Using Infiniband with Matlab Parallel Computing Toolbox

I would like to welcome guest blogger Brock Palen, who is the Associate Director for Advanced Research Computing at the University of Michigan. Brock worked in High Performance computing since 2004 and is also one half of the Research Computing podcast; Research Computing and Engineering. You can find him blogging at This is an updated repost of Brock’s article on UMich’s Flux HPC blog. Additional information on the Parallel Computing Toolbox can be found in my book Accelerating MATLAB Performance.

In High Performance Computing (HPC) there are a number of network types commonly used, among these are: Ethernet, the common network found on all computer equipment. Infiniband, a specialty high performance low latency interconnect common on commodity clusters. There are also several propriety types and a few other less common types but I will focus on Ethernet and Infiniband.

Ethernet and really its mate protocol, TCP, are the most common supported MPI networks. Almost all computer platforms support this network type and can be as simple as using your home network switch. It is ubiquitous and easy to support. Networks like Infiniband though require special drivers, uncommon hardware but the effort is normally worth it.

The MATLAB Parallel Computing Toolbox provides a collection of functions that allow MATLAB users to utilize multiple compute nodes to work on larger problems. Many may not realize that MathWorks chose to use the standard MPI routines to implement this toolbox. MathWorks also chose, for ease of use, to ship MATLAB with the MPICH2 MPI library, and the version they use only supports Ethernet for communication between nodes.

Unfortunately, Ethernet is about the slowest common network used in parallel applications. The question is how much can this impact performance.

Mmmmm Data:

The data was generated on 12 nodes of Xeon x5650 total 144 cores. The code was the stock MATLAB paralleldemo_backslash_bench(1.25) from MATLAB 2013b. You can find my M-code at Gist.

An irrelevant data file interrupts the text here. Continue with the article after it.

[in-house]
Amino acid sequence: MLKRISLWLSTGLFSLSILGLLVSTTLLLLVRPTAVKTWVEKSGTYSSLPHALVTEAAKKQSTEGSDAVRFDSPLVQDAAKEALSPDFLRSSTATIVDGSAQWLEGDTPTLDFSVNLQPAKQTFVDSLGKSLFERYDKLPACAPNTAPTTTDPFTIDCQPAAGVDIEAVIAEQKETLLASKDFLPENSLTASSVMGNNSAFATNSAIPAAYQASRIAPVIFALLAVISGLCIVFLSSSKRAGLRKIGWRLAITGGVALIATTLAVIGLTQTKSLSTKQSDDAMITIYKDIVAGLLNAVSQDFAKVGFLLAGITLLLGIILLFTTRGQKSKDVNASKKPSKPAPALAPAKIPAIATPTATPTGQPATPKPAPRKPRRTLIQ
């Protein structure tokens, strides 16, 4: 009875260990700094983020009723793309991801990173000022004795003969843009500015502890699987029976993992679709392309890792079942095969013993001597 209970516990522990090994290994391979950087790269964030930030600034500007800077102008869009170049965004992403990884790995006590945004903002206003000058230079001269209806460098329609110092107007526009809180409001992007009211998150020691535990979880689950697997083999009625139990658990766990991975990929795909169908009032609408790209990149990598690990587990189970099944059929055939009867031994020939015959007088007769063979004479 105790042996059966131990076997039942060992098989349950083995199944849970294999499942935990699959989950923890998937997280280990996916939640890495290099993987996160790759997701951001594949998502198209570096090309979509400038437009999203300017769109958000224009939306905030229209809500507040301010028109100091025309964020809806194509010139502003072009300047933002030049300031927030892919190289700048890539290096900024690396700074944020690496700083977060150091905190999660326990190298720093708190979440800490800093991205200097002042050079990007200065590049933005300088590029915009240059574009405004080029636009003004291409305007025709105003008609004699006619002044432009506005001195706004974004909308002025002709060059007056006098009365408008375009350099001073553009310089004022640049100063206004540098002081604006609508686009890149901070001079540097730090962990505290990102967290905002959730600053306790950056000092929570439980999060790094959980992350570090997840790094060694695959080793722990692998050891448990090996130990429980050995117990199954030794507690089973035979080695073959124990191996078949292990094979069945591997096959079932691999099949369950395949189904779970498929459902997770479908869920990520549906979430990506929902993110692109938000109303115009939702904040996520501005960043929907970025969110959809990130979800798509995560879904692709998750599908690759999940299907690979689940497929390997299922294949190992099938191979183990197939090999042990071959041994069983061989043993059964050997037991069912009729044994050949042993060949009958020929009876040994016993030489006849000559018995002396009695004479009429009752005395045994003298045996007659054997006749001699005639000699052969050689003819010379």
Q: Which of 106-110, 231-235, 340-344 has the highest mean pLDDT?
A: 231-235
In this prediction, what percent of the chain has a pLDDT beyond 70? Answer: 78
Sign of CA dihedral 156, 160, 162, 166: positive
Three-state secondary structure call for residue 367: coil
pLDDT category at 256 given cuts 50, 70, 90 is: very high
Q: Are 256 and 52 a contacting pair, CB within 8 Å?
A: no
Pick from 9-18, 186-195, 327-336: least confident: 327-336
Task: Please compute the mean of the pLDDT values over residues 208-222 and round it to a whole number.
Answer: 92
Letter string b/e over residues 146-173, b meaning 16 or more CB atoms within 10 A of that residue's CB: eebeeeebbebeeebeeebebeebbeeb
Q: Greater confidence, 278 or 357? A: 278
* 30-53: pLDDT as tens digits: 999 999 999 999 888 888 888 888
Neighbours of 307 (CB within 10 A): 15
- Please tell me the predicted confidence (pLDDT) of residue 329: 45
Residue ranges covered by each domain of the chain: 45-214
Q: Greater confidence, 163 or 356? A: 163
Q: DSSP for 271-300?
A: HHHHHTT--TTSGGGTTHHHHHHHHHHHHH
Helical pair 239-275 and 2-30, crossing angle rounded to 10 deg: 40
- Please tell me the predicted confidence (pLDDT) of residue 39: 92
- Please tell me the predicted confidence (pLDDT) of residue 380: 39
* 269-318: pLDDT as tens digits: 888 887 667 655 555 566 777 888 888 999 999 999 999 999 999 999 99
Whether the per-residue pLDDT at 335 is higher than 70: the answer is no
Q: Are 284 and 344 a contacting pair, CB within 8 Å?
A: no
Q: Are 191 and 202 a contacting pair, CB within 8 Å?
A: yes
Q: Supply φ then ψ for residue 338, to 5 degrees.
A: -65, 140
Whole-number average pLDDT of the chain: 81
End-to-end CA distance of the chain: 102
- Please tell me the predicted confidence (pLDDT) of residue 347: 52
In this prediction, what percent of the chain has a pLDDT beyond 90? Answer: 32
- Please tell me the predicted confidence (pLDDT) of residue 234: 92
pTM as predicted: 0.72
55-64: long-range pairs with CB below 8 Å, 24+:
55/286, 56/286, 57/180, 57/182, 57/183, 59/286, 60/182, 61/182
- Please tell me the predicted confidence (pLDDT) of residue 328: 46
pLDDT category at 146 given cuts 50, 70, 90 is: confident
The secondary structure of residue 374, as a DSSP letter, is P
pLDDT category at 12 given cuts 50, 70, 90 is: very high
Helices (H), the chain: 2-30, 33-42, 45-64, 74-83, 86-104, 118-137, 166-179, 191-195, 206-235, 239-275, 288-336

The data shows two trends: the first is that independently of the network type, many parallel algorithms do not scale unless the amount of data for each core to work on is sufficiently large. In this case, for Ethernet especially, the peak performance is never reached. What should be really noted though is that without Infiniband, at many problem sizes, over half of the performance of the nodes is lost. The second trend is that the network type really matters.

How to have MATLAB use Infiniband?

MathWorks does not ship an MPI library with the parallel computing toolbox that can use infiniband by default. This is reasonable, I would be curious how large the average PCT cluster is, and/or how big the jobs ran on the toolbox are. Lucky for us MathWorks allows a way for introducing your own MPI library. Let me be the first to proclaim:

Thank you MathWorks for adding mpiLibConf.m as a feature.
— Brock Palen

A simple example (note that MATLAB’s local scheduler also uses mpiLibConf, so we need to check for this case):

function [lib, extras] = mpiLibConf
%MATLAB MPI Library overloading for Infiniband and Ethernet Networks
%   place in ~/matlab/mpiLibConf.m
%   Update to point to your MPICH / Intel MPI etc location
% Check first if we're running the local scheduler - if we are, then get the default and exit
dfcn = getenv('MDCE_DECODE_FUNCTION');
if strcmp(dfcn, 'parallel.internal.decode.localMpiexecTask')
    % Get the local scheduler's default libs
    [lib, extras] = distcomp.mpiLibConfs('default');
    % We're not running the local scheduler or using the default MATLAB libmpich
    lib = '/home/software/rhel6/mvapich2/1.8/lib/';
    % mvapich has two extra libraries and
    %  use # ldd /home/software/rhel6/mvapich2/1.8/lib/
    %   Any libraries from the mpich/mvapich install location need to be included in extras
    extras = {'/home/software/rhel6/mvapich2/1.8/lib/',

In the above test we used Intel MPI for the infiniband test and mpich for the ethernet test. The choice of MPI is important. The MPI standard enforces a shared API (Application programming interface), but not a shared ABI (Application binary interface). Thus the MPI library you substitute needs to match the one MATLAB is compiled against. Lucky for us they used mpich, so any mpich clone should work; MVAPICH, IntelMPI, etc.

If you are using the MATLAB Parallel Computing Toolbox on more than one node, and if your cluster has a network other than Ethernet/TCP (there are non-TCP Ethernet networks that perform very well) I highly encourage that the effort be put in to ensure you use that network.

For Flux users we have this setup, but you have to do some setup for yourself before you see the benefit. Please visit the ARC MATLAB documentation, or send us a question at

Categories: Low risk of breaking in future versions, Stock Matlab function, Undocumented feature

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2 Responses to Using Infiniband with Matlab Parallel Computing Toolbox

  1. Obliczone says:

    Thank you for this article, especially for source code. Very useful.

  2. Chris Marshall says:

    Thanks for the article. I’ve modified my mpiLibConf file to use a local mvpapich2 lib (2.1) that I’ve compiled using gcc. Trouble is matlab stops with a signal 11. Is there a way of getting this to work with gcc or do I need to use the Intel compiler?


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